Forum Public Comment on CBP and Body Cameras Submitted to USCCR

Manager of Policy and Advocacy

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June 22, 2015

Public Comment

U.S. Commission on Civil Rights

 Briefing on Police Practices and Use of Force”

June 19, 2015

Founded in 1982, the National Immigration Forum (Forum) works to uphold America’s tradition as a nation of immigrants. The Forum advocates for the value of immigrants and immigration to the nation, building support for public policies that reunite families, recognize the importance of immigration to our economy and our communities, protect refugees, encourage newcomers to become new Americans and promote equal protection under the law.


The National Immigration Forum (the Forum) thanks the U.S. Commission on Civil Rights (USCCR) for the opportunity to provide its views on the important issue of police practices and use of force. The past few years have seen the emergence of body-worn cameras in everyday policing across the United States. Many of the country’s major police departments have begun piloting or have already implemented body-worn cameras for their officers.[1] Because of recent events in Ferguson, MO; New York City, NY; Baltimore, MD; and elsewhere in the past year, the discussion around body-worn cameras has only increased. More and more jurisdictions are announcing plans to begin piloting body-worn cameras. Public discussion, however, has not included the nation’s largest law enforcement agency: Customs and Border Protection (CBP).

With more than 60,000 employees, including 46,000 gun-carrying customs officers and border patrol agents, CBP is one of the largest law enforcement agencies in the world and the largest in the United States.[2] As an example, the New York City police force only has 75 percent of the number of uniformed officers at CBP.[3]

Since 2010, at least 35 people have been killed by CBP agents in use of force incidents.[4] Between 2005 and 2012 2,170 incidents of CBP misconduct were reported, and 144 current or former CBP employees were arrested or indicted for corruption-related activities.[5] According to a 2014 American Immigration Council report, in more than 800 complaints against the Border Patrol between January 2009 and January 2012, 97 percent resulted in no action being taken against the officer involved.[6] In May of this year, the DHS OIG released a report stating that CBP currently refers individuals for prosecution who have expressed credible fear of returning to their home countries which “may violate U.S. treaty obligations.”[7] In June, CBP announced it would not take any action against agents involved in 67 older deadly use of force incidents that had been under internal review.[8] These statistics and incidents have resulted in the perception that CBP is an out–of-control agency that is unaccountable to the public.[9]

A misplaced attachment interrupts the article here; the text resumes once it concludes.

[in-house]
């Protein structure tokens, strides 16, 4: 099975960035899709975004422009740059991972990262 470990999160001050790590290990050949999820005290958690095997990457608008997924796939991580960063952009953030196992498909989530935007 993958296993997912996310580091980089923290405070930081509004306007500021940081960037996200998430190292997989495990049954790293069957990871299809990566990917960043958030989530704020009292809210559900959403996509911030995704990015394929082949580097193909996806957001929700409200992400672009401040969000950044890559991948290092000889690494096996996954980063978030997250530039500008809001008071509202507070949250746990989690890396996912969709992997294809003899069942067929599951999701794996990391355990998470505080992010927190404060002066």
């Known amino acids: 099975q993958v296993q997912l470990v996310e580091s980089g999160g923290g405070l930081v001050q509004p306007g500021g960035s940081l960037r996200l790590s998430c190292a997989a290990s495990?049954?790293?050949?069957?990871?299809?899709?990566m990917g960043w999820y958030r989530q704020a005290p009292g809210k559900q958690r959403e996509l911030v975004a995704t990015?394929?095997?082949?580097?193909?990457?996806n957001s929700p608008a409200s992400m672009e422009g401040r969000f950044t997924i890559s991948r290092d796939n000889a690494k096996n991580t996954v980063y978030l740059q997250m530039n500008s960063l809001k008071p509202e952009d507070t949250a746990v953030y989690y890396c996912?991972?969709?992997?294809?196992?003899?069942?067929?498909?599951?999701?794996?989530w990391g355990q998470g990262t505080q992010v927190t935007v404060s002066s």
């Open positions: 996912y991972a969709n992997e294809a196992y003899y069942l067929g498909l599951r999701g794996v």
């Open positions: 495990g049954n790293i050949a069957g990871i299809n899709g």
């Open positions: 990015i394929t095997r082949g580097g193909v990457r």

One way CBP could change that perception is by implementing body-worn cameras for all of its agents and officers. The inherent benefits are obvious — when law enforcement have an encounter with the public body-worn cameras will create a record of the event that can be shared with the public. A joint study by the Department of Justice and the Police Executive Research Forum (PERF) noted that “Body-worn cameras can help improve the high-quality public service expected of police officers and promote the perceived legitimacy and sense of procedural justice that communities have about their police departments.”[10] For CBP, this type of record would be invaluable. Agents on patrol along the border are many times alone for long stretches of time making investigations into complaints difficult to substantiate because little record on an incident exists except for the agent’s own account of an incident. At ports of entry some cameras already exist but none are worn by the officers who have hundreds of encounters with the public in a single shift.